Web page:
Euclidean and Non-Euclidean Geometry
Department of Mathematics and Computer
- 4/3/06: Removed term paper as a course requirement.
- Meeting times: 10:00 - 10:50 MTWF Thompson 316
- Final Exam: Friday, May 12, 8:00 AM required
- Bob Matthews (email firstname.lastname@example.org)
- Thompson 321B
- Extension 3561
- Office hours (tentative):
- 2:00 - 2:50 MTWF
- Or by appointment.
- If you catch me free at any time, please feel free to drop
in. Messages sent via email are welcome, and can be used to ask
a question or to set up an appointment.
- Required: Greenberg, Marvin J.: Euclidean and
Non-Euclidean Geometries W.H. Freeman and Company, 1993. We
will work our way through the first eight chapters of the
- Required: Devlin, Keith: Goodbye,
Descartes Wiley, 1998. We will use the first four
chapters of this book for a
discussion on logic.
- Other readings as assigned. In addition to readings from
the textbook (which will be our primary reference), we will,
from time to time, leave the textbook to explore ideas and
questions generated by the text using other sources.
- A particularly
useful resource is
MacTutor History of Mathematics web page at the University of St.
Weekly reading and lecture schedule
- Four hour exams + a comprehensive final: (The final exam will
have the weight of two hour exams). I will drop the lowest hour exam score.
- Written exercises will be given the weight of one hour exam. I
will make assignments from the textbook on a routine basis, and
will select problems from each assignment to grade. You will also
be asked to present your work on the board (though this will not
generally be graded, except for participation).
Some comments on the course:
A course in Euclidean and non-Euclidean geometries serves several
purposes in the undergraduate mathematics curriculum. For prospective
teachers, it is a course required by most states for teacher
certification. For many, it is the first course that involves
rigorous proof. For students interested in the philosophy and history
of mathematics, it provides an important example of how mathematics
works, how one does mathematics, how mathematics has developed over
time (together with false starts and wonderful surprises), and gives
insight into what are commonly called 'foundational issues' (What are the role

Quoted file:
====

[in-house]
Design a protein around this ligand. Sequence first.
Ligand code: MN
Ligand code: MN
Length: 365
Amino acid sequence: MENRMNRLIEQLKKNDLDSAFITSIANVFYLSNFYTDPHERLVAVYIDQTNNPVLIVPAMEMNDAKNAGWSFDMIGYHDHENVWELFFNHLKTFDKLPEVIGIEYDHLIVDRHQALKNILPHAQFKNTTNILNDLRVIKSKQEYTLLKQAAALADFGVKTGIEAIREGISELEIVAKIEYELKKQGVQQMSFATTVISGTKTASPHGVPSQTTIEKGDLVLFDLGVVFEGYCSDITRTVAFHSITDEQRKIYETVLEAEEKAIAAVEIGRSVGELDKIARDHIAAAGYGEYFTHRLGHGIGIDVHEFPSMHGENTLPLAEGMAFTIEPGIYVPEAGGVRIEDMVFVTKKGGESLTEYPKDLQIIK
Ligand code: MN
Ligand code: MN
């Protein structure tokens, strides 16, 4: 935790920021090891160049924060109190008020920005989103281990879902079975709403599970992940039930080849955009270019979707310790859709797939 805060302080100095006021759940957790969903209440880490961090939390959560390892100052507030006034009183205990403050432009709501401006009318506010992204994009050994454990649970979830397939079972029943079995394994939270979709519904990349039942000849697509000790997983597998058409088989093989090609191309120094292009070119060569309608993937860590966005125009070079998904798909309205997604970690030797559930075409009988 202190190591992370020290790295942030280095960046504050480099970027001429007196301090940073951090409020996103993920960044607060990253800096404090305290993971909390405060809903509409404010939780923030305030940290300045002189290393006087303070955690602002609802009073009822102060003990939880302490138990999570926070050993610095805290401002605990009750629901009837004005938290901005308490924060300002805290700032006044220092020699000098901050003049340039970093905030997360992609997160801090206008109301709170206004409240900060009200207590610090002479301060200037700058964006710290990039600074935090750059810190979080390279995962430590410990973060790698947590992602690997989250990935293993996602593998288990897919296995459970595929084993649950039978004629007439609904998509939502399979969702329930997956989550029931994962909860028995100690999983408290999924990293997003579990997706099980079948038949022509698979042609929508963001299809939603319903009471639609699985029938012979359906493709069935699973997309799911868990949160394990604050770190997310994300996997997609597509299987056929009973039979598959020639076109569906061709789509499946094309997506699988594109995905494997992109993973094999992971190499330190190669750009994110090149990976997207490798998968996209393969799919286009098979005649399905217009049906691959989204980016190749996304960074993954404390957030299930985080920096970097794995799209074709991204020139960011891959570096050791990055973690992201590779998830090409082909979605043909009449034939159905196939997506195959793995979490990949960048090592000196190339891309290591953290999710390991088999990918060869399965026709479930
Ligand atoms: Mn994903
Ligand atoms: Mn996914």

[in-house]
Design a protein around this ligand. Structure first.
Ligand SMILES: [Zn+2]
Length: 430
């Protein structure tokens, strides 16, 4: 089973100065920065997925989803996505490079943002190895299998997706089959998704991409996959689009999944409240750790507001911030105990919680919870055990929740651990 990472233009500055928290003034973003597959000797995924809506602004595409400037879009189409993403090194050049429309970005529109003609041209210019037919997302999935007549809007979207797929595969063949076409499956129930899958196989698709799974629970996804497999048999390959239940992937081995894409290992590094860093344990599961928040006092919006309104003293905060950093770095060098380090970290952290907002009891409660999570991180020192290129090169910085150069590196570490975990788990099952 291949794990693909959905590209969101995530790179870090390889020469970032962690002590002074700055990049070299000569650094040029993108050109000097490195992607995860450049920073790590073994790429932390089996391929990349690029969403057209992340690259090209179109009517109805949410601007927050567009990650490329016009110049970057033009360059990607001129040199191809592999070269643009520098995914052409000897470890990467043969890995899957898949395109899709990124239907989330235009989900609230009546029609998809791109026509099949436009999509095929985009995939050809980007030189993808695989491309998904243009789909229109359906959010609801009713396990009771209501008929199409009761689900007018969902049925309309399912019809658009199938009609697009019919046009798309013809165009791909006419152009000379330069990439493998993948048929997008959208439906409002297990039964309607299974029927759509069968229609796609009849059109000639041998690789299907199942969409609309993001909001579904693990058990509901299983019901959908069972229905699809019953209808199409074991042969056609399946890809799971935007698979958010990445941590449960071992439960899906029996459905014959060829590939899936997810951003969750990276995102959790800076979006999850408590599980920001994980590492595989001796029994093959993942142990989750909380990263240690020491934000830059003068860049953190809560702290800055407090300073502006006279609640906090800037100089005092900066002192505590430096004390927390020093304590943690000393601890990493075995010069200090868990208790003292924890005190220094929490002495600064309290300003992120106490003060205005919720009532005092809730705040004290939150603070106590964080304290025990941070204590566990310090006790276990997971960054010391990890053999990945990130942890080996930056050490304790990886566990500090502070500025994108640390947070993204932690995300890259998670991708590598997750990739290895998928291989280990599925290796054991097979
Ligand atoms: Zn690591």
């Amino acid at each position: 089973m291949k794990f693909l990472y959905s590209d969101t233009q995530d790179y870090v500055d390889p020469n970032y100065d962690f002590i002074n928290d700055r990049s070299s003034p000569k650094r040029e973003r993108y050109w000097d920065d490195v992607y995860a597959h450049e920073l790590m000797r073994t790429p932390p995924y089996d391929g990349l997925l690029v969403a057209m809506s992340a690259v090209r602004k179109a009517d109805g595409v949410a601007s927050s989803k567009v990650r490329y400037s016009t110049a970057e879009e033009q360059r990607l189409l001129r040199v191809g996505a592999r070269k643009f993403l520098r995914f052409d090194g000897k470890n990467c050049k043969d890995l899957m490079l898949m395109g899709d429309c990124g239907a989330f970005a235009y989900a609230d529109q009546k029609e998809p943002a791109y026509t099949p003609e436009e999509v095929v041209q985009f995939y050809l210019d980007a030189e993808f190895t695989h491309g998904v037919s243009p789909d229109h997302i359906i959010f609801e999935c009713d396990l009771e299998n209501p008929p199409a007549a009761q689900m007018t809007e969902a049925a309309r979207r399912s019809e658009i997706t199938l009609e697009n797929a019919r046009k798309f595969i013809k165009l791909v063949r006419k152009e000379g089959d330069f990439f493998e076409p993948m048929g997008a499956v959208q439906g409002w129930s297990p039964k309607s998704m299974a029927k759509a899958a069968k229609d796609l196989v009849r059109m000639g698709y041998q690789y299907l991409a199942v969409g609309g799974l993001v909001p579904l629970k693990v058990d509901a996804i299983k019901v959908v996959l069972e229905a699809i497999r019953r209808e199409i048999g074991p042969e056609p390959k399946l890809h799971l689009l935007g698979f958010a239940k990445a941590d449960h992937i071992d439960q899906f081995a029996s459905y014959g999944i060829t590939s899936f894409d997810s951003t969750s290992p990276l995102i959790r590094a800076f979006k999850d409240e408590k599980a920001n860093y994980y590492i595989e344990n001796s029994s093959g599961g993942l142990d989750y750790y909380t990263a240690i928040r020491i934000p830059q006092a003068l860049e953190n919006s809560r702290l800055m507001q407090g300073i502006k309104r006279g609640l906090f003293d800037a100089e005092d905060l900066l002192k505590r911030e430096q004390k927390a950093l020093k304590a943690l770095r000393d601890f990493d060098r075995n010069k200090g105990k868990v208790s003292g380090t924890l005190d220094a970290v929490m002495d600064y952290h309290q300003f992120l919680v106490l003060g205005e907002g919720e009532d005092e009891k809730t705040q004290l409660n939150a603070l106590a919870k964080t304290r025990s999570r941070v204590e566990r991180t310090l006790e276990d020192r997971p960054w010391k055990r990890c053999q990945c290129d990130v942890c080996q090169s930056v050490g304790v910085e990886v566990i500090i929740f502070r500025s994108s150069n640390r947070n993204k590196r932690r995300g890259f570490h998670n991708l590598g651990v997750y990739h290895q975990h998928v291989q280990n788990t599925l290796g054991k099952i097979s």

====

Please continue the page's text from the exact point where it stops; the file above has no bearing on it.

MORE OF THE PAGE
of axioms? What is
the nature of proof? What is the nature of mathematical truth? What,
if anything, does this all mean? What is the geometry of the space
We will approach all of these issues in the course of this term.
We will study geometry by doing it. From the practical point of view,
this means that we will spend time learning how to prove things and
how to present results both orally and in writing. Along the way we
will talk about and work with the process of discovery, the
uncovering of assumptions, the rigorous presentation of results, and
the logical and philosophical foundations of mathematics (and some of
the issues surrounding those foundations).
- Foundational issues
- Proofs and methods of proofs
- Lots of geometry, and
- Philosophical issues
It will be a lot of work, but it should also be a great deal of
The last time I taught this class
Some Important Dates:
Please check the Master
Calendar for important dates in the term (last day to add/drop,
Hour Exams will be held on the following dates:
- Exam 1: Friday, February 10
- Exam 2: Monday, March 6 (rescheduled from Friday, March 3)
- Exam 3: Friday, March 31
- Exam 4: Wednesday, April 26. Please note that this is during the
last full week of classes.
The lecture schedule for this course can be found
The final exam for this class will be at 8:00 AM Friday, May 12. It
will be a comprehensive, two hour in-class examination.
Since this course includes students from both Math 300 and Honors 213, I have
included links to both syllabi:
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